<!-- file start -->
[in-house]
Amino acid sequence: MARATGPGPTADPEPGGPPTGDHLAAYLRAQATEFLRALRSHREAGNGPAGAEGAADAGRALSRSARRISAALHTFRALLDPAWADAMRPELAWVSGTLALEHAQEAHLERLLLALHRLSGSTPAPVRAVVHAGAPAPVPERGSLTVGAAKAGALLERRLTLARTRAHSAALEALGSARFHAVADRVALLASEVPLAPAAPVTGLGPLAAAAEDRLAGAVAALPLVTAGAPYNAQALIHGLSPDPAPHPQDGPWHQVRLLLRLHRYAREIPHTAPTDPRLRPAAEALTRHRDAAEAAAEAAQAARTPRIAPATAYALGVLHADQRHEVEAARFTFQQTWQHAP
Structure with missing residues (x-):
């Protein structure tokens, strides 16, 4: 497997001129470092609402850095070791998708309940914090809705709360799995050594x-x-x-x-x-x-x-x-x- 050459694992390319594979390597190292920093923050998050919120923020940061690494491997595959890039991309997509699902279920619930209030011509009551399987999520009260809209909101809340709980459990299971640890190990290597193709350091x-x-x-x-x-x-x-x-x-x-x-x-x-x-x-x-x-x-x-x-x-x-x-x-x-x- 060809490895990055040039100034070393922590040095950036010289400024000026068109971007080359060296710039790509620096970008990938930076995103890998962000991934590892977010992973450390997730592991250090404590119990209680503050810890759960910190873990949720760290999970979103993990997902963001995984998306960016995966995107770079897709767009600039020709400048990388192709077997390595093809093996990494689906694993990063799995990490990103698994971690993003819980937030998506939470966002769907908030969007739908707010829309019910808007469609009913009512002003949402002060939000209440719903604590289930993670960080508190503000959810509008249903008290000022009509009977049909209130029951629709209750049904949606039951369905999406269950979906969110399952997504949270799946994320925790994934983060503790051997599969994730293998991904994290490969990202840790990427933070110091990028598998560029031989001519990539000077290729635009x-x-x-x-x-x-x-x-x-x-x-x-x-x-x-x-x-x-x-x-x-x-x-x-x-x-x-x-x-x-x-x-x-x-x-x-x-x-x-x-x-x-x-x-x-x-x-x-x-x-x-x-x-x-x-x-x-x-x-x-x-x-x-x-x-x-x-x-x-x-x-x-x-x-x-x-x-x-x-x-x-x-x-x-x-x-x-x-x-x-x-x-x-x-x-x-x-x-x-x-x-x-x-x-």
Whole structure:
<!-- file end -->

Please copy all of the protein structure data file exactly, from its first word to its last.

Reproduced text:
[in-house]
Amino acid sequence: MARATGPGPTADPEPGGPPTGDHLAAYLRAQATEFLRALRSHREAGNGPAGAEGAADAGRALSRSARRISAALHTFRALLDPAWADAMRPELAWVSGTLALEHAQEAHLERLLLALHRLSGSTPAPVRAVVHAGAPAPVPERGSLTVGAAKAGALLERRLTLARTRAHSAALEALGSARFHAVADRVALLASEVPLAPAAPVTGLGPLAAAAEDRLAGAVAALPLVTAGAPYNAQALIHGLSPDPAPHPQDGPWHQVRLLLRLHRYAREIPHTAPTDPRLRPAAEALTRHRDAAEAAAEAAQAARTPRIAPATAYALGVLHADQRHEVEAARFTFQQTWQHAP
Structure with missing residues (x-):
């Protein structure tokens, strides 16, 4: 497997001129470092609402850095070791998708309940914090809705709360799995050594x-x-x-x-x-x-x-x-x- 050459694992390319594979390597190292920093923050998050919120923020940061690494491997595959890039991309997509699902279920619930209030011509009551399987999520009260809209909101809340709980459990299971640890190990290597193709350091x-x-x-x-x-x-x-x-x-x-x-x-x-x-x-x-x-x-x-x-x-x-x-x-x-x- 060809490895990055040039100034070393922590040095950036010289400024000026068109971007080359060296710039790509620096970008990938930076995103890998962000991934590892977010992973450390997730592991250090404590119990209680503050810890759960910190873990949720760290999970979103993990997902963001995984998306960016995966995107770079897709767009600039020709400048990388192709077997390595093809093996990494689906694993990063799995990490990103698994971690993003819980937030998506939470966002769907908030969007739908707010829309019910808007469609009913009512002003949402002060939000209440719903604590289930993670960080508190503000959810509008249903008290000022009509009977049909209130029951629709209750049904949606039951369905999406269950979906969110399952997504949270799946994320925790994934983060503790051997599969994730293998991904994290490969990202840790990427933070110091990028598998560029031989001519990539000077290729635009x-x-x-x-x-x-x-x-x-x-x-x-x-x-x-x-x-x-x-x-x-x-x-x-x-x-x-x-x-x-x-x-x-x-x-x-x-x-x-x-x-x-x-x-x-x-x-x-x-x-x-x-x-x-x-x-x-x-x-x-x-x-x-x-x-x-x-x-x-x-x-x-x-x-x-x-x-x-x-x-x-x-x-x-x-x-x-x-x-x-x-x-x-x-x-x-x-x-x-x-x-x-x-x-």
Whole structure: